no, I said we laughed too. she was not hurt seriously, a few bruises, but she does that easily. She is 78. There is my sister, who rarely has time and now has the one with nerve pain (darn brain). And my son is down there. I tried to get him to go help with her roof, it keeps leaking in the places it joins (another brain burp I know these things). He told her she needed to sell up and move somewhere less expensive and newer, he isn't going to be there forever. he then told me I needed to move there. I just said he is clueless about what he is saying. Funny thing, she loves me, cause she feels she must, even though deep down she hates me for some reason. Yet the only people who care for her are me-a million miles away and disabled, and her exhusband-probably the only decent thing I can say about the man. The daughter she always adored, has little time for her. And my son whom we both adored has little time for anyone. Ahh - I remembered, my sister now has Fibromyalgia, so yes, it is all hard for her now, since she is still working. But she has never been attentive anyway. it is like i left and it all fell apart, though none thought I was important. Clueless, that is what I am so, I will help where i can and be happy I am not there. Much more fun here, then there.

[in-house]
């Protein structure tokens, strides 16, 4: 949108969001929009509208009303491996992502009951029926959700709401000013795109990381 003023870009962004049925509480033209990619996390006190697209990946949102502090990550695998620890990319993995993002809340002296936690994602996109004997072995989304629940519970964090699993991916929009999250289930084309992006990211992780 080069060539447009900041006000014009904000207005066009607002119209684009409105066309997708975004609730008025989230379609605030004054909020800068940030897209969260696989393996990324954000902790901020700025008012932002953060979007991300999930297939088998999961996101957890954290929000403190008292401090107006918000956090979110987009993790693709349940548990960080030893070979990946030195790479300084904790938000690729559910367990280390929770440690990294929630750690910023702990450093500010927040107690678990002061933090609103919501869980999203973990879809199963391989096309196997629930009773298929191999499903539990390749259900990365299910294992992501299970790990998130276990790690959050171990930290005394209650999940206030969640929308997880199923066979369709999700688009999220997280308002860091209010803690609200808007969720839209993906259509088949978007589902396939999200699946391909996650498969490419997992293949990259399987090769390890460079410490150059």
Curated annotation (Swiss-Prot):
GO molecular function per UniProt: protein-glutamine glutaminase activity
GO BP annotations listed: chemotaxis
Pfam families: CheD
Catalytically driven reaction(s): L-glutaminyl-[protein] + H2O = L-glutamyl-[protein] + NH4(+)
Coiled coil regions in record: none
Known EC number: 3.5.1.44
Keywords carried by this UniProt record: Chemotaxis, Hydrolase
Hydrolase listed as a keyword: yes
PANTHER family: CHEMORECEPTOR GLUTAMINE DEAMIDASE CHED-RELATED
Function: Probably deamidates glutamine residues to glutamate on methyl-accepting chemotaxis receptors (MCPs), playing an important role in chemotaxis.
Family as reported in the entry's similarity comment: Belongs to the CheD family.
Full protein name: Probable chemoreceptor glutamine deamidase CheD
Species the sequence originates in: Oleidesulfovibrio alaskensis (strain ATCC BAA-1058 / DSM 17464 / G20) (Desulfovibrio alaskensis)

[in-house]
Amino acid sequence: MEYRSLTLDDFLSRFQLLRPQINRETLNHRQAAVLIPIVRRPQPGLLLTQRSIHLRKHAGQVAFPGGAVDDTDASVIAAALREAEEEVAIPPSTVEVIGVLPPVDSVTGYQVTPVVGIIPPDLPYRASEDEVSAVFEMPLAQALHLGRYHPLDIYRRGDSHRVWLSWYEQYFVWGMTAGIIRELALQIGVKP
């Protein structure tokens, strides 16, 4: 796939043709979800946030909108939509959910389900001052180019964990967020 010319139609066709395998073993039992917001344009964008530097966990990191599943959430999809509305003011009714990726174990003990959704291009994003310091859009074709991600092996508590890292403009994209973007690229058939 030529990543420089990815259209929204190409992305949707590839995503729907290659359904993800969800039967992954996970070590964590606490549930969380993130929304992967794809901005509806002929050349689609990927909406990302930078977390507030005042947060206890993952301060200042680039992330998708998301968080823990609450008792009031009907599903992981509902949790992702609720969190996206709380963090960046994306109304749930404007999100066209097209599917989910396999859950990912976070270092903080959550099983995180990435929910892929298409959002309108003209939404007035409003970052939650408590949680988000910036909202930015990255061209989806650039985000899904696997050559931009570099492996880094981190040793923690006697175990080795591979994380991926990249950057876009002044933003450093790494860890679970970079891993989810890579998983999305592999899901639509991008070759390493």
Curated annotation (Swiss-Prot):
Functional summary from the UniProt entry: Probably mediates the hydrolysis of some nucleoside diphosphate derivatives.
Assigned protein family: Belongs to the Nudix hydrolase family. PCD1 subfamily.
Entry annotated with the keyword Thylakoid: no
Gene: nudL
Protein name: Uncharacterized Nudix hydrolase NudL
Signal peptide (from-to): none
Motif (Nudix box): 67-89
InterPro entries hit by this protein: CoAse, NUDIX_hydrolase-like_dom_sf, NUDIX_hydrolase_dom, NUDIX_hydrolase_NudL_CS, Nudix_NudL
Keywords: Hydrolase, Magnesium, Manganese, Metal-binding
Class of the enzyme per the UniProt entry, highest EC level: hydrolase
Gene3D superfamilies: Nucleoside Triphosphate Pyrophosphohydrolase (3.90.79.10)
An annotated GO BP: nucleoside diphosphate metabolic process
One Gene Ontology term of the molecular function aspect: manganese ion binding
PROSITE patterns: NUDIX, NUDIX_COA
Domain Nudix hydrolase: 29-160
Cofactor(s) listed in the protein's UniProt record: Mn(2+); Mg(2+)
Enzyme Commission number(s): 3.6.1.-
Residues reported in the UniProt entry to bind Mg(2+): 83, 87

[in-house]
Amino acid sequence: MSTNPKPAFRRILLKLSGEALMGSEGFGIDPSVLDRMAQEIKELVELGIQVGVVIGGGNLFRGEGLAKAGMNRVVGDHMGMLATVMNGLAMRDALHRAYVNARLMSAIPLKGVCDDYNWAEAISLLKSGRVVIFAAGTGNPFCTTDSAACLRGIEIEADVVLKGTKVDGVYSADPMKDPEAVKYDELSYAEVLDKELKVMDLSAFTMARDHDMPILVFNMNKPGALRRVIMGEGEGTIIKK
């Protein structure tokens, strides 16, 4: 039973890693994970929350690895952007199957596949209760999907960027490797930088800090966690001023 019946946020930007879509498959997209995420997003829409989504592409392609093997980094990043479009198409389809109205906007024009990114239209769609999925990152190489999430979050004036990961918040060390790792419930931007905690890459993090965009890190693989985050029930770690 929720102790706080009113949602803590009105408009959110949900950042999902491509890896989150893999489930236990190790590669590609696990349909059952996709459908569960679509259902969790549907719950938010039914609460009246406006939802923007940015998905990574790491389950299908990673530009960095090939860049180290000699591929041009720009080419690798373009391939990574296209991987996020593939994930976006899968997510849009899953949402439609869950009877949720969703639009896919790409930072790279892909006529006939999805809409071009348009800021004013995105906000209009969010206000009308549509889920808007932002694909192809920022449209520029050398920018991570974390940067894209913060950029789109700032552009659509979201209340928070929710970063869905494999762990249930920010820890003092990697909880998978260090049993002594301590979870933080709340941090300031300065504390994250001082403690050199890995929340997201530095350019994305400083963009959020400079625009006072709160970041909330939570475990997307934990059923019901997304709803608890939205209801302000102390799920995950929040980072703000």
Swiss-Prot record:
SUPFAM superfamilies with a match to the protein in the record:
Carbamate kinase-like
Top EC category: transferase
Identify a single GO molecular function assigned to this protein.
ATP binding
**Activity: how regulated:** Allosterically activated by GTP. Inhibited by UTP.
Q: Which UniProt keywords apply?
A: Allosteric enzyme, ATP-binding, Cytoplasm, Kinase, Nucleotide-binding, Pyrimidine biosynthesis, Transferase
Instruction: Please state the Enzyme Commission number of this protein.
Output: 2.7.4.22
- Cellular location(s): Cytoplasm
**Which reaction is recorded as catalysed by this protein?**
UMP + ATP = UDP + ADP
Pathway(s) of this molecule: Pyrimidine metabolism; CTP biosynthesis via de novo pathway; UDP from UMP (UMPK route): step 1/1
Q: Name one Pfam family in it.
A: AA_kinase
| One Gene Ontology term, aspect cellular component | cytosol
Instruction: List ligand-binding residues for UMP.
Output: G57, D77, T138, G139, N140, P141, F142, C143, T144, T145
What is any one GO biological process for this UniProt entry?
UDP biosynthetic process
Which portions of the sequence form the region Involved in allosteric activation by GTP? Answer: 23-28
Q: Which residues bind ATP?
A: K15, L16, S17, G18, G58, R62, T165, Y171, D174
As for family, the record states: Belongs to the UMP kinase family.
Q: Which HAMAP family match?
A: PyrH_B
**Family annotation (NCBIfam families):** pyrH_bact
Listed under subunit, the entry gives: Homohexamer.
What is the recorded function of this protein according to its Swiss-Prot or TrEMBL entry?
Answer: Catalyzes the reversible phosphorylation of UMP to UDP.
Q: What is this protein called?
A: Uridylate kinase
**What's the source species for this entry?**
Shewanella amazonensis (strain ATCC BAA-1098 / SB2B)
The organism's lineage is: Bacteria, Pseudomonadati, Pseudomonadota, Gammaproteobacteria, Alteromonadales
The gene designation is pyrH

• janbhan
    Original Author
    5 years ago